ooohhh.. I wouldn’t call it funny or sad,,, but true? probably yes…. but there is more than local politics covered here on The Mudflats.. .. Palin has been local for quite some time,, Alaska oil policies DO affect the rest of the nation, and as we’ve seen with the events in Wisconsin, what happens on a state or local level , can become an issue for the rest of the country. If we only buried our noses to a local level, and didn’t watch what was happening in the rest of the country, we’d never see the trends that our Republican friends are doing… With their cries of ” Jobs is our number one priority if elected”… they got into office again… and as far as I can see , have not generated ONE PROGRAM that is creating jobs… In Fact, our esteemed “Boner” has stated “that if jobs go by the wayside, so be it”.. in his headlong dash to cut social spending and give tax breaks to corps and the top 1%… foreshadowing these types of events can be seen on local levels…Dan Sullivan a prime example, school boards around the country are re-writing history, and adding Creationism along side of science… watch what goes on at the local level outside of my state? you bet !! There is a trend nationwide that will bite us in the wazoo, if we aren’t at least aware of, and combat on our own local levels… and what can work against these trends in one locale, can be applied to other locales…..Wisconsin has been a real eye opener to many independents and Dems…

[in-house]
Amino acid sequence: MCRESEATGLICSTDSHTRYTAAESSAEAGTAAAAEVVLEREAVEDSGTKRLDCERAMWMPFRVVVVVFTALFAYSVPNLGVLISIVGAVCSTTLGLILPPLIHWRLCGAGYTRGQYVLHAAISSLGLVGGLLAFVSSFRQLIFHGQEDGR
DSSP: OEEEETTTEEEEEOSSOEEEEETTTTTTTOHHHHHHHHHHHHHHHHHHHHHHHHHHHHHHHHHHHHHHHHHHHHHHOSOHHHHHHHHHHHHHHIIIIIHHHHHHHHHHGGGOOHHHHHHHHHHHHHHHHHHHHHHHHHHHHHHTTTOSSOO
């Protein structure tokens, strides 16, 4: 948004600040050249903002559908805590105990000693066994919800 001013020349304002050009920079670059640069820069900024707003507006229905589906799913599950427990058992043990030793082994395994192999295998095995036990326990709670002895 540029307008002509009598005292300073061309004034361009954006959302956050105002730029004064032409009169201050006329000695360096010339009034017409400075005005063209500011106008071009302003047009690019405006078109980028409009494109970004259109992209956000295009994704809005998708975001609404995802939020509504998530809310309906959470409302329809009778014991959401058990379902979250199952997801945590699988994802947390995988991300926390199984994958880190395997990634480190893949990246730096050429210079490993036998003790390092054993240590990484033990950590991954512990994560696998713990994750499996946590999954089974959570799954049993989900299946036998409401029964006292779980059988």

• benlomond2 says:

      oooppss… “Palin HASN’T been local” brain thinking faster than my fingers can keep up… wish I could type with more than 2 fingers !! 🙂

    • Elsie says:

      I’m with you, benlomond2.

      Who was it that said, “All politics are local”?

    • Man_from_Unk says:

      As citizens of the U.S., it’s our responsibility to be aware of government sponsored “gobbeldygook” because it can “bite us in the wazoo”. Sharing information, the truth in most cases, is a great way to keep ahead of the control freaks.

  4. Bob Benner says:

    The funniest part about local politics at Mudflats is that most of the posters here aren’t even from Alaska… Sad but true..